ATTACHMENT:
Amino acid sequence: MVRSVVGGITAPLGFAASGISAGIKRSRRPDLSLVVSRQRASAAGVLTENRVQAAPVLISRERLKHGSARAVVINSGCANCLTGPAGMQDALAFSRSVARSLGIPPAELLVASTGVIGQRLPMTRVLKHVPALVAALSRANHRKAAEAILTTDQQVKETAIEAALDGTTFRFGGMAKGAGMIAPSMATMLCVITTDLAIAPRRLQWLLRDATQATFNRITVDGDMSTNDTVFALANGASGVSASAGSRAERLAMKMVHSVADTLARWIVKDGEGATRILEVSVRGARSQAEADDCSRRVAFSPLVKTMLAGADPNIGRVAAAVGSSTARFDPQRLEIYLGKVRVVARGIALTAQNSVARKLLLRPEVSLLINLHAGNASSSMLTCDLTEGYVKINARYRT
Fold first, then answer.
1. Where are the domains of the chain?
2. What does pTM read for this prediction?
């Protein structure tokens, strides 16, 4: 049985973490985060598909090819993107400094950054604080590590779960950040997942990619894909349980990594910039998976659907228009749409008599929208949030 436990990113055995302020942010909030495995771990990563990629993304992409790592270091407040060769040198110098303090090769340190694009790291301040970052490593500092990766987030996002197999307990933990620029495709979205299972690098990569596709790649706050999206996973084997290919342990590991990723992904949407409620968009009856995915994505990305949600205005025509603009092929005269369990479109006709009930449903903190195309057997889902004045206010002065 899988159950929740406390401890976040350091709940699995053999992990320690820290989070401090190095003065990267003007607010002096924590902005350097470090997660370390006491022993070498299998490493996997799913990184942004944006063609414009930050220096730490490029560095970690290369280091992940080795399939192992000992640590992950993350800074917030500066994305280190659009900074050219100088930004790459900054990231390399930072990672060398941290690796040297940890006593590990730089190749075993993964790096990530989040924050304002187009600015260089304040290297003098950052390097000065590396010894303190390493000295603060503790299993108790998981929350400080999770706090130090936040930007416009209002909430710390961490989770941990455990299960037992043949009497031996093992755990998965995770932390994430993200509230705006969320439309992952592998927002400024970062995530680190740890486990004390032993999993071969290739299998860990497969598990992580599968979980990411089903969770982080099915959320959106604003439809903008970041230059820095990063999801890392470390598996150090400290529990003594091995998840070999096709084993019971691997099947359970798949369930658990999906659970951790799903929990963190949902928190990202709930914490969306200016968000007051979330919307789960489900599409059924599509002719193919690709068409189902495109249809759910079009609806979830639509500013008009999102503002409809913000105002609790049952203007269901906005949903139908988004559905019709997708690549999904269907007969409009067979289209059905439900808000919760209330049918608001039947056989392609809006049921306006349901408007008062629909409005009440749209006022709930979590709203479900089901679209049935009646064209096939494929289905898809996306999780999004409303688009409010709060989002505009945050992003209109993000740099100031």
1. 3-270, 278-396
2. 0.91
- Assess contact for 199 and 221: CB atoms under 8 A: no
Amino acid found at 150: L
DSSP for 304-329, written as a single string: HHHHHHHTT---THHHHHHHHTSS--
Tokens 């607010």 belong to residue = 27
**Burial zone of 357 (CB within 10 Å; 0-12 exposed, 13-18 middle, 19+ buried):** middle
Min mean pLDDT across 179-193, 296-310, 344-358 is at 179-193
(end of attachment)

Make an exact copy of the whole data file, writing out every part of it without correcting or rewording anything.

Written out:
Amino acid sequence: MVRSVVGGITAPLGFAASGISAGIKRSRRPDLSLVVSRQRASAAGVLTENRVQAAPVLISRERLKHGSARAVVINSGCANCLTGPAGMQDALAFSRSVARSLGIPPAELLVASTGVIGQRLPMTRVLKHVPALVAALSRANHRKAAEAILTTDQQVKETAIEAALDGTTFRFGGMAKGAGMIAPSMATMLCVITTDLAIAPRRLQWLLRDATQATFNRITVDGDMSTNDTVFALANGASGVSASAGSRAERLAMKMVHSVADTLARWIVKDGEGATRILEVSVRGARSQAEADDCSRRVAFSPLVKTMLAGADPNIGRVAAAVGSSTARFDPQRLEIYLGKVRVVARGIALTAQNSVARKLLLRPEVSLLINLHAGNASSSMLTCDLTEGYVKINARYRT
Fold first, then answer.
1. Where are the domains of the chain?
2. What does pTM read for this prediction?
């Protein structure tokens, strides 16, 4: 049985973490985060598909090819993107400094950054604080590590779960950040997942990619894909349980990594910039998976659907228009749409008599929208949030 436990990113055995302020942010909030495995771990990563990629993304992409790592270091407040060769040198110098303090090769340190694009790291301040970052490593500092990766987030996002197999307990933990620029495709979205299972690098990569596709790649706050999206996973084997290919342990590991990723992904949407409620968009009856995915994505990305949600205005025509603009092929005269369990479109006709009930449903903190195309057997889902004045206010002065 899988159950929740406390401890976040350091709940699995053999992990320690820290989070401090190095003065990267003007607010002096924590902005350097470090997660370390006491022993070498299998490493996997799913990184942004944006063609414009930050220096730490490029560095970690290369280091992940080795399939192992000992640590992950993350800074917030500066994305280190659009900074050219100088930004790459900054990231390399930072990672060398941290690796040297940890006593590990730089190749075993993964790096990530989040924050304002187009600015260089304040290297003098950052390097000065590396010894303190390493000295603060503790299993108790998981929350400080999770706090130090936040930007416009209002909430710390961490989770941990455990299960037992043949009497031996093992755990998965995770932390994430993200509230705006969320439309992952592998927002400024970062995530680190740890486990004390032993999993071969290739299998860990497969598990992580599968979980990411089903969770982080099915959320959106604003439809903008970041230059820095990063999801890392470390598996150090400290529990003594091995998840070999096709084993019971691997099947359970798949369930658990999906659970951790799903929990963190949902928190990202709930914490969306200016968000007051979330919307789960489900599409059924599509002719193919690709068409189902495109249809759910079009609806979830639509500013008009999102503002409809913000105002609790049952203007269901906005949903139908988004559905019709997708690549999904269907007969409009067979289209059905439900808000919760209330049918608001039947056989392609809006049921306006349901408007008062629909409005009440749209006022709930979590709203479900089901679209049935009646064209096939494929289905898809996306999780999004409303688009409010709060989002505009945050992003209109993000740099100031």
1. 3-270, 278-396
2. 0.91
- Assess contact for 199 and 221: CB atoms under 8 A: no
Amino acid found at 150: L
DSSP for 304-329, written as a single string: HHHHHHHTT---THHHHHHHHTSS--
Tokens 């607010």 belong to residue = 27
**Burial zone of 357 (CB within 10 Å; 0-12 exposed, 13-18 middle, 19+ buried):** middle
Min mean pLDDT across 179-193, 296-310, 344-358 is at 179-193